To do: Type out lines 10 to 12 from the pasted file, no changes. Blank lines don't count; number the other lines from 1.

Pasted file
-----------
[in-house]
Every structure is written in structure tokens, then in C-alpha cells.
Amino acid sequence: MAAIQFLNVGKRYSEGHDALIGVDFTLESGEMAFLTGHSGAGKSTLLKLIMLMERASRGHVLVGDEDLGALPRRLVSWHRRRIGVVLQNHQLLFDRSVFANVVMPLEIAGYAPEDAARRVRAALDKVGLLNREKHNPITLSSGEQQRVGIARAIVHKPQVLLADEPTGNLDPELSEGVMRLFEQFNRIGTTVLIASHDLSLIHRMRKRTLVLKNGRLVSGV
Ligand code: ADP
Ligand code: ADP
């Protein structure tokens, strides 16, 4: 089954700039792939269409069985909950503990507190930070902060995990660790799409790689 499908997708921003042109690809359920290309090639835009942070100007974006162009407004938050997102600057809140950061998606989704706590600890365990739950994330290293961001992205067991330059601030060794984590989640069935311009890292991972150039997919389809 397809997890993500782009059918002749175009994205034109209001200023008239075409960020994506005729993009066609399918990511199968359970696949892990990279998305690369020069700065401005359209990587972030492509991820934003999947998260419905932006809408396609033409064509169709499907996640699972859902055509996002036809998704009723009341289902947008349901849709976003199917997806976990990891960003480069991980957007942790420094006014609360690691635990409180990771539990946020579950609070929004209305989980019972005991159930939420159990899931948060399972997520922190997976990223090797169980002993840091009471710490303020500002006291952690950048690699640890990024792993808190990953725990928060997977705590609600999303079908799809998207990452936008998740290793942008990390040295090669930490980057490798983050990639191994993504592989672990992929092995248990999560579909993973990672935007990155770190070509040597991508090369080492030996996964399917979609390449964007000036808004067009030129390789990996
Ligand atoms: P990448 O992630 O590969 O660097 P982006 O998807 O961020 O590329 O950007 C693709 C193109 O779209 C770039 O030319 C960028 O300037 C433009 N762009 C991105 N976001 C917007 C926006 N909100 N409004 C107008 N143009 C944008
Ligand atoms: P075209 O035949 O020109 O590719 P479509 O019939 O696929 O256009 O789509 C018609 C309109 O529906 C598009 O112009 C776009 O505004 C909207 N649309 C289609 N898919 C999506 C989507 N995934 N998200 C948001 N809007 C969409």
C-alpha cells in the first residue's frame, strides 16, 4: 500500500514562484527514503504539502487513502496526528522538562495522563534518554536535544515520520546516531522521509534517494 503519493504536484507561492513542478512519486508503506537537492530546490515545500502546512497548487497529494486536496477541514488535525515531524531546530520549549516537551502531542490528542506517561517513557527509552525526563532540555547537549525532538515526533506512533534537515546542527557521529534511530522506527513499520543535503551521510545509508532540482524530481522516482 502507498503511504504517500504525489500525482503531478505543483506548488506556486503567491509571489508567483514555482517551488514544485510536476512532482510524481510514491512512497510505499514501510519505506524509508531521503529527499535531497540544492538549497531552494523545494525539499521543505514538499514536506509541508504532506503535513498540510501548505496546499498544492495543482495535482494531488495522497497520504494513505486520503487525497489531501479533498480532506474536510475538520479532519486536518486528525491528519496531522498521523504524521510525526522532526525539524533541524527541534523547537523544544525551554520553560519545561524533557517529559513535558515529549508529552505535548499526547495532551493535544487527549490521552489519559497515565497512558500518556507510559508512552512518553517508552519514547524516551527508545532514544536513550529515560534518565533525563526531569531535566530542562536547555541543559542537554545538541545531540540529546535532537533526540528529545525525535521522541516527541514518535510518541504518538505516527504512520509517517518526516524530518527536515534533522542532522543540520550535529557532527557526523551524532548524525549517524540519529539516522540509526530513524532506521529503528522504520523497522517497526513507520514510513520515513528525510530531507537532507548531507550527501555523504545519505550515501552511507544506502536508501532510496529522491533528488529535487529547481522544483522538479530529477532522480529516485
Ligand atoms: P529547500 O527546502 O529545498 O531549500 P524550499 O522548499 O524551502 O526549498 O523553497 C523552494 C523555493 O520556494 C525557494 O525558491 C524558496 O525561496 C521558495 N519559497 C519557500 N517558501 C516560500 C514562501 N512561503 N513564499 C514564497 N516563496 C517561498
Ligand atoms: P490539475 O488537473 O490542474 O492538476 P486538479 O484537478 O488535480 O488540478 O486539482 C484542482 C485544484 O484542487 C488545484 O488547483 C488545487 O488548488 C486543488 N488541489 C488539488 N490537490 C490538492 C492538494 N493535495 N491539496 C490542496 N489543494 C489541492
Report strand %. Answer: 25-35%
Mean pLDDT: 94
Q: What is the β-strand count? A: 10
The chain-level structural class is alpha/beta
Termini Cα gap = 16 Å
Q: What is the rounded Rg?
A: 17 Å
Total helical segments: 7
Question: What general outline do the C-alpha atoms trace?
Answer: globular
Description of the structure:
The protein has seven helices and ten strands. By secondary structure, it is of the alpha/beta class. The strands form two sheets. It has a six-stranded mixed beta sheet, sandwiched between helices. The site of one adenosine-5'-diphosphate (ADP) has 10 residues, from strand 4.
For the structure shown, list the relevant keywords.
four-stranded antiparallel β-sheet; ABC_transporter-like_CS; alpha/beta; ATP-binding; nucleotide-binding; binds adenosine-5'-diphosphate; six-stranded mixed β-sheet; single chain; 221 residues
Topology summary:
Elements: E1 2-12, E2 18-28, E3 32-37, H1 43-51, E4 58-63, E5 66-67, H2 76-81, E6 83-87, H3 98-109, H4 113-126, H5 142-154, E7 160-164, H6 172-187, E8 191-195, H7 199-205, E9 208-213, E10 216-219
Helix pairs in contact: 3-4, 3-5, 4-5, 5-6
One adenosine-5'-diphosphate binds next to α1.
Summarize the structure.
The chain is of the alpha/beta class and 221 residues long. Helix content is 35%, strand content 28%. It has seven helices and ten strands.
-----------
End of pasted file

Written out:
Ligand atoms: P529547500 O527546502 O529545498 O531549500 P524550499 O522548499 O524551502 O526549498 O523553497 C523552494 C523555493 O520556494 C525557494 O525558491 C524558496 O525561496 C521558495 N519559497 C519557500 N517558501 C516560500 C514562501 N512561503 N513564499 C514564497 N516563496 C517561498
Ligand atoms: P490539475 O488537473 O490542474 O492538476 P486538479 O484537478 O488535480 O488540478 O486539482 C484542482 C485544484 O484542487 C488545484 O488547483 C488545487 O488548488 C486543488 N488541489 C488539488 N490537490 C490538492 C492538494 N493535495 N491539496 C490542496 N489543494 C489541492
Report strand %. Answer: 25-35%